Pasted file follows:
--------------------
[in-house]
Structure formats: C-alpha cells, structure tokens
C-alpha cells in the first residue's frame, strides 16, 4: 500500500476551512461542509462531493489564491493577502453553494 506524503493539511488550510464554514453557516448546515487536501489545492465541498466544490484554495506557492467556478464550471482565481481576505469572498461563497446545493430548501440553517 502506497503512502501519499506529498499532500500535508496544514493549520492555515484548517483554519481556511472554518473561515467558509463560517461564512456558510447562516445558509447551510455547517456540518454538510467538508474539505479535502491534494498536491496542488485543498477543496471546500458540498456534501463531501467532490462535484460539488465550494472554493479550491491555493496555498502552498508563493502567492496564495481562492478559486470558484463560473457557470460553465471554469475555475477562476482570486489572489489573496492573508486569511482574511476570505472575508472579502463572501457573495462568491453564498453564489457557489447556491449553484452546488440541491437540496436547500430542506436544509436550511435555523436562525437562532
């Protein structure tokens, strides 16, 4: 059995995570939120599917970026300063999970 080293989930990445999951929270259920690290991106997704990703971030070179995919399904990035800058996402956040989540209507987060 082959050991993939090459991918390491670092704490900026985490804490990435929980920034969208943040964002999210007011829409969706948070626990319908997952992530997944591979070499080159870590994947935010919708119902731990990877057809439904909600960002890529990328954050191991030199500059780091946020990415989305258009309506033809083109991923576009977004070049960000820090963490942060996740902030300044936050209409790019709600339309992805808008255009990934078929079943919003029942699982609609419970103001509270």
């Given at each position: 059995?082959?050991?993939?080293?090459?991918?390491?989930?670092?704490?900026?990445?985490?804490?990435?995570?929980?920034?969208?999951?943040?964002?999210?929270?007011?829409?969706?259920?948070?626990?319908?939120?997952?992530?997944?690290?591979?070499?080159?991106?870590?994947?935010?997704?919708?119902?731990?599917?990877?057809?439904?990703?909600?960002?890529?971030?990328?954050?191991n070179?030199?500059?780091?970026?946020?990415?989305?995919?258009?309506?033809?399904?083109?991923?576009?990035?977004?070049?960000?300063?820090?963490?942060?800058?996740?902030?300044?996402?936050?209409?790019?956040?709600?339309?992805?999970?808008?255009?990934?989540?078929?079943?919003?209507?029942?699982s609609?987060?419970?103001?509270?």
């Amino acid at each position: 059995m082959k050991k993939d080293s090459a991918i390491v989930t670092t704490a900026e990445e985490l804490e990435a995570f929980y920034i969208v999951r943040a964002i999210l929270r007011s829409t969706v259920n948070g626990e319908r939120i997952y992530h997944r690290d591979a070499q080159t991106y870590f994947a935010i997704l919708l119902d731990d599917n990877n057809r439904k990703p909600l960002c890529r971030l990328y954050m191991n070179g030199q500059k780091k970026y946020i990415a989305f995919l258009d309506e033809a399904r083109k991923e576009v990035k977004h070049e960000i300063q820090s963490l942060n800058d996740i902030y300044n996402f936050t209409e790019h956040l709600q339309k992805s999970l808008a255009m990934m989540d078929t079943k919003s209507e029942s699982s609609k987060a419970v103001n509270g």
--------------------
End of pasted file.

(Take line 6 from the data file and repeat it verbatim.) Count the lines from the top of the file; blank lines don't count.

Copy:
């Amino acid at each position: 059995m082959k050991k993939d080293s090459a991918i390491v989930t670092t704490a900026e990445e985490l804490e990435a995570f929980y920034i969208v999951r943040a964002i999210l929270r007011s829409t969706v259920n948070g626990e319908r939120i997952y992530h997944r690290d591979a070499q080159t991106y870590f994947a935010i997704l919708l119902d731990d599917n990877n057809r439904k990703p909600l960002c890529r971030l990328y954050m191991n070179g030199q500059k780091k970026y946020i990415a989305f995919l258009d309506e033809a399904r083109k991923e576009v990035k977004h070049e960000i300063q820090s963490l942060n800058d996740i902030y300044n996402f936050t209409e790019h956040l709600q339309k992805s999970l808008a255009m990934m989540d078929t079943k919003s209507e029942s699982s609609k987060a419970v103001n509270g």